Watermelon Express

Ashish Rangnekar
University of Chicago Booth School of Business

For Ashish Rangnekar, the process of trying to get into the Booth School shaped his entire business school experience.

When he took the GMAT in July 2007, he was working full-time and was frustrated by the lack of resources for studying while on the go. In October 2008, he and Ujjwal Gupta, a friend from college, decided to create a smartphone application that would make studying for standardized exams easier. Nine months before classes began, Rangnekar and Gupta started working on the first program for their company Watermelon Express. They wrote 250 sets of GMAT problems and solutions and released the application in December 2008. It soon became the best-selling test-prep app for the iPhone.

When classes started in the fall of 2009, Rangnekar knew he wanted to continue working on Watermelon Express. So he took classes, joined clubs, met professors and alumni, and attended conferences sponsored by the Polsky Center for Entrepreneurship and Venture Capital with one goal in mind: entrepreneurship. "Professors have been great mentors," he says. "And fellow students have provided invaluable critique and perspective."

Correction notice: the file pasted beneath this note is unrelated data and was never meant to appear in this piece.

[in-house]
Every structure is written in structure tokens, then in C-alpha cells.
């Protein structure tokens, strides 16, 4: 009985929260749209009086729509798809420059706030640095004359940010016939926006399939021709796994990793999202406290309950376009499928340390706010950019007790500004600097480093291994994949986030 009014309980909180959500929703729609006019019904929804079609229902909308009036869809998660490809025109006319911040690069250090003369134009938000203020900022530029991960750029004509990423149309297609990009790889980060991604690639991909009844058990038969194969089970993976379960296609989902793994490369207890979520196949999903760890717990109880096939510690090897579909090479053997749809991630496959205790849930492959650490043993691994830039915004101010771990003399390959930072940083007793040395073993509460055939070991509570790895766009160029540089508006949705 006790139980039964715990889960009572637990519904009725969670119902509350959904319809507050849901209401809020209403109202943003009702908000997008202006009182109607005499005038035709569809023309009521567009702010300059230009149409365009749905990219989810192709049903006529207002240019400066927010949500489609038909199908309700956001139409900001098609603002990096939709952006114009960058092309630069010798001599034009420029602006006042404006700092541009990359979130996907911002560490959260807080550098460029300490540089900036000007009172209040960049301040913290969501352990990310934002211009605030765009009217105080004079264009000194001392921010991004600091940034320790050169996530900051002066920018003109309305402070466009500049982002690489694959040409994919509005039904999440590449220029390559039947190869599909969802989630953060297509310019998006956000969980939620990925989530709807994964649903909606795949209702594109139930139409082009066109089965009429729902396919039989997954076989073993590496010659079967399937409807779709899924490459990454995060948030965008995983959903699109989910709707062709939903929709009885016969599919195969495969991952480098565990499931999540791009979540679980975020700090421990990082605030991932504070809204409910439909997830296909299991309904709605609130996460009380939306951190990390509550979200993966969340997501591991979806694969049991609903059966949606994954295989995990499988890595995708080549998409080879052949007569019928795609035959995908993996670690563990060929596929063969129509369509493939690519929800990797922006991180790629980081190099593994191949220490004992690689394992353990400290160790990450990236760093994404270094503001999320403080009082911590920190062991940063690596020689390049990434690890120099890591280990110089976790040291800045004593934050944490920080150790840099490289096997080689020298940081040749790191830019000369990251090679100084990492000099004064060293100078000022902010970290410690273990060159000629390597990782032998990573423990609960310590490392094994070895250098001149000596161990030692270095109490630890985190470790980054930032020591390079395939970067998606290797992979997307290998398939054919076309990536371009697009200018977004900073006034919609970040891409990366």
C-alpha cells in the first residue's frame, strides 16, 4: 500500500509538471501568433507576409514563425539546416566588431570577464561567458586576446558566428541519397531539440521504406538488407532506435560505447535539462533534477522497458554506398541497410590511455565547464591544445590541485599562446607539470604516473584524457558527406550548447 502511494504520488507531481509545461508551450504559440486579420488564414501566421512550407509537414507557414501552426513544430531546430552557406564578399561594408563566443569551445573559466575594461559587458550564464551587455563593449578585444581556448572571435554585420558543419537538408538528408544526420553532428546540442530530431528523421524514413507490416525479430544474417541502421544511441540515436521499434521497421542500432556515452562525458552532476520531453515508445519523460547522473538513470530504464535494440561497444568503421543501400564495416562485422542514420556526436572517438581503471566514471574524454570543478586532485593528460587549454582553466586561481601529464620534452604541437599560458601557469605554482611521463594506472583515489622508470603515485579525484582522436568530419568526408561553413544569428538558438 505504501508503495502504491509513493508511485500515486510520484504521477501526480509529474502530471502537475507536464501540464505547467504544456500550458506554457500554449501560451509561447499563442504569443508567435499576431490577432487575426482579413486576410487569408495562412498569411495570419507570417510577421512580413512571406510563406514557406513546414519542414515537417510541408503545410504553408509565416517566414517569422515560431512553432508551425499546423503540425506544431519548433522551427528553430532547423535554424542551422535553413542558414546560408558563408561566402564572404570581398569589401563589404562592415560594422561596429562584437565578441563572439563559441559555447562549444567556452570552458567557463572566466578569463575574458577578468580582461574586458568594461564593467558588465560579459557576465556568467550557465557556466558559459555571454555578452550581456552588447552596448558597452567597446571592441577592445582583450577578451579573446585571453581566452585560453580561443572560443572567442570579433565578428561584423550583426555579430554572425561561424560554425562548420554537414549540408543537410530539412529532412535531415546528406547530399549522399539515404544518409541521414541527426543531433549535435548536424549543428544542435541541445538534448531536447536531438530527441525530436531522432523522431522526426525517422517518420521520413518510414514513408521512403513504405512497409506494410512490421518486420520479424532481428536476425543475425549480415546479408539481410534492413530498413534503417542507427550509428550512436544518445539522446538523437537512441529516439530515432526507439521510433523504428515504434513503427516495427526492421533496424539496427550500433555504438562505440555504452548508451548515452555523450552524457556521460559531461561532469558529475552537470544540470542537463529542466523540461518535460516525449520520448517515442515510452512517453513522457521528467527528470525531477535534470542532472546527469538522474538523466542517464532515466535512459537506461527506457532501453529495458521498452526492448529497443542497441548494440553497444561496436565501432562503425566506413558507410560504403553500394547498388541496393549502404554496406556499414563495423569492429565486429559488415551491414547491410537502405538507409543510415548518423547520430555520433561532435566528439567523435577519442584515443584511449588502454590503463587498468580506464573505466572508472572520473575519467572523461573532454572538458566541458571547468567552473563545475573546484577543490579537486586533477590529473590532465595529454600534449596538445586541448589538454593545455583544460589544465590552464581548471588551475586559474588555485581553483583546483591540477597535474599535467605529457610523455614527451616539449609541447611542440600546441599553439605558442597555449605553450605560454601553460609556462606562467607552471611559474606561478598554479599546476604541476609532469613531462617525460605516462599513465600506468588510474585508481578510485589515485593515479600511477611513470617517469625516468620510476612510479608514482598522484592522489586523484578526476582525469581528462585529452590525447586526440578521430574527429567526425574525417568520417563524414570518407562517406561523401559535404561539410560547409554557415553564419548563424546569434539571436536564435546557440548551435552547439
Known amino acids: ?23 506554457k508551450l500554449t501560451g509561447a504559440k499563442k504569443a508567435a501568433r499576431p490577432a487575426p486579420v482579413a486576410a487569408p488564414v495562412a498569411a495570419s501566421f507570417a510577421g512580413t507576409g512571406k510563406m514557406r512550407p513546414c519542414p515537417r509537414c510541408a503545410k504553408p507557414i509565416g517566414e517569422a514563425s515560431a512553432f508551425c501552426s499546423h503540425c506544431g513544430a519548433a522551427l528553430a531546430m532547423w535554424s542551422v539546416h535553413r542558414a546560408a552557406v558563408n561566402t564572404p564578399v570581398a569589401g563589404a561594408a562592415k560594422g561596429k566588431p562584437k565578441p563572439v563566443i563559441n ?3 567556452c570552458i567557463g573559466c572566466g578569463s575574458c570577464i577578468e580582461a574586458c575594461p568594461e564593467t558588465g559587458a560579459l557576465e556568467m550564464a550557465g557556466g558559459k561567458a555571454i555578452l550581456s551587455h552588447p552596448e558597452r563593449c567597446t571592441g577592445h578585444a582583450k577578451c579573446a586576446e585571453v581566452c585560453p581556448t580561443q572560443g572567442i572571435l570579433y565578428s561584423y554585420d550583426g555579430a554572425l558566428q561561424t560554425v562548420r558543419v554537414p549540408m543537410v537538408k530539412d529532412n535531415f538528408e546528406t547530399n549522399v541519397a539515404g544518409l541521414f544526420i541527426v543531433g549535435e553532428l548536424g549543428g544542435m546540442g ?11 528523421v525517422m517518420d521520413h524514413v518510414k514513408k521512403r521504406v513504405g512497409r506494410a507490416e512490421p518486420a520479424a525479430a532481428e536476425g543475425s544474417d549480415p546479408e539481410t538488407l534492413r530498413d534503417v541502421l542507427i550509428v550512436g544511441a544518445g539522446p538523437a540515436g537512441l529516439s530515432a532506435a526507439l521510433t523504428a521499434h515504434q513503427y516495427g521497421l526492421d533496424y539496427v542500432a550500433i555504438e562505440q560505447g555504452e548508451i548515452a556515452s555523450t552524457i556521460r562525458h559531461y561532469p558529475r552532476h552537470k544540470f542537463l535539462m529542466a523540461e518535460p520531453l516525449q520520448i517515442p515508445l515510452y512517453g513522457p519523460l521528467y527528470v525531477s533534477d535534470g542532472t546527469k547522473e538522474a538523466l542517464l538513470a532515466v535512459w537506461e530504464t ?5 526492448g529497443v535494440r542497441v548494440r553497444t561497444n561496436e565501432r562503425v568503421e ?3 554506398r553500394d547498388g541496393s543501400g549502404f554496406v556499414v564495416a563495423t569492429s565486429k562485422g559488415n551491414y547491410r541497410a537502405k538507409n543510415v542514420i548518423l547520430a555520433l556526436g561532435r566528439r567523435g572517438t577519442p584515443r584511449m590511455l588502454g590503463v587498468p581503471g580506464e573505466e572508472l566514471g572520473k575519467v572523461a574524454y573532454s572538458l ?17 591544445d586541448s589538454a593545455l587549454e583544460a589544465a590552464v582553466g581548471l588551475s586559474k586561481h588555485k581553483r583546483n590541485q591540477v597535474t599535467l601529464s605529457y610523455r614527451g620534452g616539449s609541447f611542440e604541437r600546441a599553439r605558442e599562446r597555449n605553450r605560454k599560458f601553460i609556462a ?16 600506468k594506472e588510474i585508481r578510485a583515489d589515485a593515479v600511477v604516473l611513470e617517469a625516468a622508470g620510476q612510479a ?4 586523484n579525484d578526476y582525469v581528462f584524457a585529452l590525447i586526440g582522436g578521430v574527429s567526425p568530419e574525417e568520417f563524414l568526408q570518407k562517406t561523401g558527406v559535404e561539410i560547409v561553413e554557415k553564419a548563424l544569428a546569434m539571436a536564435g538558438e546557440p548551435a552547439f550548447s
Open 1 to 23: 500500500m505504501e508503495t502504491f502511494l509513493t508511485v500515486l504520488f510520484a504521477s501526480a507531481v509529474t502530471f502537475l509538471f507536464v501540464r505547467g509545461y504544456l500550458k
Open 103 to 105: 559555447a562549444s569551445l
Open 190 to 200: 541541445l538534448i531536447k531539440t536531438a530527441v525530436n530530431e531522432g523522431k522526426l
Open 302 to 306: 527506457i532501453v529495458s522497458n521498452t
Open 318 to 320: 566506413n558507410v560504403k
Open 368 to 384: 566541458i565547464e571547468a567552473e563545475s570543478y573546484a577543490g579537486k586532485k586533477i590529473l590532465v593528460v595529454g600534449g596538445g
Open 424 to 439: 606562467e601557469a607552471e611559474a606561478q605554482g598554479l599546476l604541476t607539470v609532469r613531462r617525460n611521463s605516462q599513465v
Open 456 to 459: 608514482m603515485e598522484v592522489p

In May, Watermelon Express won the New Venture Challenge competition at Booth, and over the past 18 months, more than 75,000 students from 20 countries have used at least one of the 66 educational apps the company now offers, including test-prep for the GRE, LSAT, SAT, and MCAT. The company, which currently employees 20 people (most on a freelance basis), charges for all of its applications. In its first month, Watermelon Express grossed $4,000 in revenue, according to Rangnekar.

While working toward graduation in the spring, Rangnekar continues to work on Watermelon Express. Over the next six months, the founders are looking to strike content partnerships with educational publishers in the U.S., Europe, and Asia. -- Sommer Saadi, posted Oct. 18, 2010

(Corrects spelling of Rangnekar's name.)

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